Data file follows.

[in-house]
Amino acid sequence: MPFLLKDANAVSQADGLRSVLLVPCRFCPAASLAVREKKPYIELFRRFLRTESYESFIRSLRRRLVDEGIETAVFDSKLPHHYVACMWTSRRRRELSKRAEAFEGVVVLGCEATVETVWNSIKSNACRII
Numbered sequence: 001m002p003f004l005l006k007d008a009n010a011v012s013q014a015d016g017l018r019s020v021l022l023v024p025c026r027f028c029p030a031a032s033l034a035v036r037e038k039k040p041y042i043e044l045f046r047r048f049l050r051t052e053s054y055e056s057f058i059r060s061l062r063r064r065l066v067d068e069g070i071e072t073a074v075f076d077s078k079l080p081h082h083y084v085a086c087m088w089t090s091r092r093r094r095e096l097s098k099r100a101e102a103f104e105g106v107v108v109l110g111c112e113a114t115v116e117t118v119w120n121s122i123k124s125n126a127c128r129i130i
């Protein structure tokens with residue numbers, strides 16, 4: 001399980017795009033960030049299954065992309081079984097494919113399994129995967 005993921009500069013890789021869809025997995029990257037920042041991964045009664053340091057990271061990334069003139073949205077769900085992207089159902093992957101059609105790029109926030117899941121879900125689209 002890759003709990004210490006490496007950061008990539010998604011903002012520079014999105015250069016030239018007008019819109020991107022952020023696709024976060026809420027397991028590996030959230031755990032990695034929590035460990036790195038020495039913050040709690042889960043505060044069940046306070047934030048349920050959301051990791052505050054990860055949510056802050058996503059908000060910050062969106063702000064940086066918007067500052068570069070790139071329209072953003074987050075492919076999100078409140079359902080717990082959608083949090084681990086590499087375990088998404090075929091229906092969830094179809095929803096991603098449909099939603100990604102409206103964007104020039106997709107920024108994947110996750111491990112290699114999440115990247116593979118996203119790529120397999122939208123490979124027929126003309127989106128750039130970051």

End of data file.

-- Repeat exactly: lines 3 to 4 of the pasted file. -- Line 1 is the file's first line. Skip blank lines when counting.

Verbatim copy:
Numbered sequence: 001m002p003f004l005l006k007d008a009n010a011v012s013q014a015d016g017l018r019s020v021l022l023v024p025c026r027f028c029p030a031a032s033l034a035v036r037e038k039k040p041y042i043e044l045f046r047r048f049l050r051t052e053s054y055e056s057f058i059r060s061l062r063r064r065l066v067d068e069g070i071e072t073a074v075f076d077s078k079l080p081h082h083y084v085a086c087m088w089t090s091r092r093r094r095e096l097s098k099r100a101e102a103f104e105g106v107v108v109l110g111c112e113a114t115v116e117t118v119w120n121s122i123k124s125n126a127c128r129i130i
């Protein structure tokens with residue numbers, strides 16, 4: 001399980017795009033960030049299954065992309081079984097494919113399994129995967 005993921009500069013890789021869809025997995029990257037920042041991964045009664053340091057990271061990334069003139073949205077769900085992207089159902093992957101059609105790029109926030117899941121879900125689209 002890759003709990004210490006490496007950061008990539010998604011903002012520079014999105015250069016030239018007008019819109020991107022952020023696709024976060026809420027397991028590996030959230031755990032990695034929590035460990036790195038020495039913050040709690042889960043505060044069940046306070047934030048349920050959301051990791052505050054990860055949510056802050058996503059908000060910050062969106063702000064940086066918007067500052068570069070790139071329209072953003074987050075492919076999100078409140079359902080717990082959608083949090084681990086590499087375990088998404090075929091229906092969830094179809095929803096991603098449909099939603100990604102409206103964007104020039106997709107920024108994947110996750111491990112290699114999440115990247116593979118996203119790529120397999122939208123490979124027929126003309127989106128750039130970051």